The fall and rise of Darren Chester

Gippsland MP Darren Chester, pictured with his wife Julie and Prime Minister Malcolm Turnbull, returned to the ministry in March. photograph supplied

Gippsland MP Darren Chester, pictured with his wife Julie and Prime Minister Malcolm Turnbull, returned to the ministry in March. photograph supplied

As Gippsland MP Darren Chester enters the Morwell café where we're due to meet he looks a politician on top of the world.

It's not without reason, as we're here to discuss his promotion to minister for veterans affairs following a reshuffle brought on by Barnaby Joyce's resignation.

Before we sit down he stops to press the flesh with the voters - a father and his teenage son who are waiting for their coffee.

He has a spring in his step that was absent when he fronted local media at the Port of Sale in December to announce he had been booted from his role as minister for infrastructure and transport – axed because Mr Joyce wanted more Queenslanders in cabinet.

In the corridors of power it was whispered that he paid the price for helping fellow Victorian, Senator Bridget McKenzie, get elected to the party's deputy leadership over Mr Joyce's preferred candidate, Senator Matt Canavan.

"My sense of it was I hadn't done anything wrong to warrant being sacked from cabinet so I had to just accept the fact that the leader of the party has the right to choose his cabinet team and you have to accept the decision," Mr Chester said.

"I guess my frustration was more around the fact I thought we had more to do and we were heading in the right direction in terms of infrastructure in regional areas and the road safety agenda I was pursuing and to not be able to finish that work was disappointing."

Returning to the backbench, he announced he would rededicate himself to his local constituency and use the opportunity to champion on issues such as the mental health of Australian veterans.

It seems fitting then, that he should find himself in the veterans affairs portfolio.

"I didn't expect to have this opportunity when I was moved out of cabinet," the Gippsland MP said.

"I was intending to use my time on the backbench to pursue this issue in any case because it had become apparent to me through conversations with colleagues and in my own electorate that there are some veterans in our community and their families that feel they are not being supported well enough.

"Some of that comes around to not being able to access services or knowing which services are available to them, some of that comes around through a sense of pride that they're not going to reach out for assistance and the stigma attached to mental health issues to break down some of those barriers."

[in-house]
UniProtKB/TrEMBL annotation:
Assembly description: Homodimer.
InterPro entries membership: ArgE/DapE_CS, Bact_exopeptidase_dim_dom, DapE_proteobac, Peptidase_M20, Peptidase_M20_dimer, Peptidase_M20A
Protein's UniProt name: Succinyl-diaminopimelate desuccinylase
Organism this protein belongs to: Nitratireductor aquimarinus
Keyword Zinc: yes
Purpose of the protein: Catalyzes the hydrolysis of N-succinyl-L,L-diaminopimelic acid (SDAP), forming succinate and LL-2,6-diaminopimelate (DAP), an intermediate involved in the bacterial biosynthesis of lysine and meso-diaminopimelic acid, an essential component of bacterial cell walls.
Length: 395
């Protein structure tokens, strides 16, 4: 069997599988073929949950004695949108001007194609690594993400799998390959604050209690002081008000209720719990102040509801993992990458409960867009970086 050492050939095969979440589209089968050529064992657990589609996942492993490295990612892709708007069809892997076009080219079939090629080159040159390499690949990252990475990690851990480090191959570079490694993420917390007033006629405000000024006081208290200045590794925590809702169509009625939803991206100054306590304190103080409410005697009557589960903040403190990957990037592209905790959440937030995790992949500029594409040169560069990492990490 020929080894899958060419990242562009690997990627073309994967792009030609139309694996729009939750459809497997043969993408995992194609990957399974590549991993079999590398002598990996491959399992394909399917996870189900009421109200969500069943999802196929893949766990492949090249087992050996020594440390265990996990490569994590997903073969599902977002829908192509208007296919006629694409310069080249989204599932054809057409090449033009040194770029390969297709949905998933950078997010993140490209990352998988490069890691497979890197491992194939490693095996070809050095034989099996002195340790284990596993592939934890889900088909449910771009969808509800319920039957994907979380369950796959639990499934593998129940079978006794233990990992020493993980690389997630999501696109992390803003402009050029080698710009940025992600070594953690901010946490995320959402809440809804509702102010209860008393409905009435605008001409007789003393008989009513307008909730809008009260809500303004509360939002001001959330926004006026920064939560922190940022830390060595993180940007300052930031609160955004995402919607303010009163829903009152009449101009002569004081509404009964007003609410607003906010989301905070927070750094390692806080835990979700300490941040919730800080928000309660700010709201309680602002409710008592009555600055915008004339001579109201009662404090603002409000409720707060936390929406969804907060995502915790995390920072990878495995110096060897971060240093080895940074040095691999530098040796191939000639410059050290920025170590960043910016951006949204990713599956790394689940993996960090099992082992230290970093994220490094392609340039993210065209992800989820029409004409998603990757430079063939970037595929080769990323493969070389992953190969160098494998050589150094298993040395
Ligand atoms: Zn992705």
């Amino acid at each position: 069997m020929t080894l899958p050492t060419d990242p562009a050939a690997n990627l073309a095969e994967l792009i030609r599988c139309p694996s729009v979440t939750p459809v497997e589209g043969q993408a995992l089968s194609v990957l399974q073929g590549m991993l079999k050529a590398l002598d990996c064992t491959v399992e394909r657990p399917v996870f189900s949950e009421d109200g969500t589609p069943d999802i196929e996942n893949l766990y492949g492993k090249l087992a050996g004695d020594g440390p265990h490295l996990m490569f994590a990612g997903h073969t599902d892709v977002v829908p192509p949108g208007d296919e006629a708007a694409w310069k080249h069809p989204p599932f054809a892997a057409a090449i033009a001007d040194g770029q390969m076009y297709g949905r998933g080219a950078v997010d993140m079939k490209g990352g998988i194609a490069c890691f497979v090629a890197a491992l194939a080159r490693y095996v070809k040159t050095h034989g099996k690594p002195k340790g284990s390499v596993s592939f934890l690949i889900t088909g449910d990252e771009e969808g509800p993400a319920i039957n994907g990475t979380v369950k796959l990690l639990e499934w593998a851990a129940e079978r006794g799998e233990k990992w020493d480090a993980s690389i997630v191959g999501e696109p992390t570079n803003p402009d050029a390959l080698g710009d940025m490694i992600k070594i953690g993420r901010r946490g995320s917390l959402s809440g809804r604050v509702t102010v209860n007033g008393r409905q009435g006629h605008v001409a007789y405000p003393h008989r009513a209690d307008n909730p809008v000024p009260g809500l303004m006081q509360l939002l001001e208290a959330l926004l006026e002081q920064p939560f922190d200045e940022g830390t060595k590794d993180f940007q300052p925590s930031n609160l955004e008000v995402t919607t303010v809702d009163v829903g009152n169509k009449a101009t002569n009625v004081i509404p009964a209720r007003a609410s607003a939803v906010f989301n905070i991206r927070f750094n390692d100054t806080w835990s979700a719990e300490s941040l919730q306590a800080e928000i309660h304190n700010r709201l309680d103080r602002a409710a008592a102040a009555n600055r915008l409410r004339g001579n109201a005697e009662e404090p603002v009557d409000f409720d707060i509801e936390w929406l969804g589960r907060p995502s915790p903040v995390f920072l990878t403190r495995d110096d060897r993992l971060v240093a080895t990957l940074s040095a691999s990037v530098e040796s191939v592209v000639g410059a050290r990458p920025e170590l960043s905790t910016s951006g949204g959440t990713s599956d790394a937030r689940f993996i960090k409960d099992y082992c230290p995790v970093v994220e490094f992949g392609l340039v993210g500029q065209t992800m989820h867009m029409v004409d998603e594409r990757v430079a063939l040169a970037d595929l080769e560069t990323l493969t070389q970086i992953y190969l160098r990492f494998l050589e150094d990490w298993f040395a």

It would have been hard to imagine Mr Chester's return to the ministry six months ago, but then not much about his dumping and return to the ministry has been normal.

Reshuffles invariably generate a list of winners and losers.

But there haven't been any ministerial sackings in recent times which have caused as much controversy as the decision to send the Gippsland MP to the backbench.

Member for GIppsland Darren Chester did not accept then deputy prime minister Barnaby Joyce's decision to dismiss him from cabinet. file photograph

Member for GIppsland Darren Chester did not accept then deputy prime minister Barnaby Joyce's decision to dismiss him from cabinet. file photograph

Sydney Morning Herald and The Age national affairs editor Mark Kenny called him "the Nationals' most competent figure" and Prime Minister Malcolm Turnbull was quick to make clear the decision was Mr Joyce's, not his.

The state Labor government – not known for praising Nationals MPs – even issued a statement saying Mr Chester paid the price for "standing up for our state".

The next day he was on Sky News with political editor David Speers outlining a vision of the Nationals as more than "blokes in big hats".

It's a view of the party that Mr Chester – the first National to break ranks and back same-sex marriage – stands by.

"The comment I made was that the National Party has to be about more than blokes in big hats because we are as regional people far more diverse than that," he said.

"We need to appeal to younger voters and regional cities as well as small country towns; we need to appeal to female voters as well.

"I think it's critical for our party's future that we appeal to a broader range of people and recognise that regional Australia is changing."

Mr Chester said the same-sex marriage vote was the "perfect illustration of the fact that regional areas are not as conservative as people might think".

It has been a frustrating year for the government as they trail in the polls and struggle for clean air to sell their message.

Mr Joyce's resignation after revealing he was having a child with a former staffer has not helped.

But Mr Chester believes the party will be forgiven by its regional constituents.

"Broadly, the Nationals have had 100 years of standing up for regional Australians and delivering for them and I think the voting public will forgive us a pretty untidy month or six weeks as long as we get back to focusing on them as quickly as possible," he said.

With an election looming, the Gippsland MP is convinced the government's "long list of achievements" will stand up to scrutiny.

But for now Mr Chester is focused on making the most of his unexpected return to the ministry.

"I guess I'm in a bit of a hurry this time," he said.

"I recognise it's 12 months to the next election and there's things I want to do in the veterans affairs portfolio and I'll be pursuing them very aggressively and I'm urging the department to keep up with me." 

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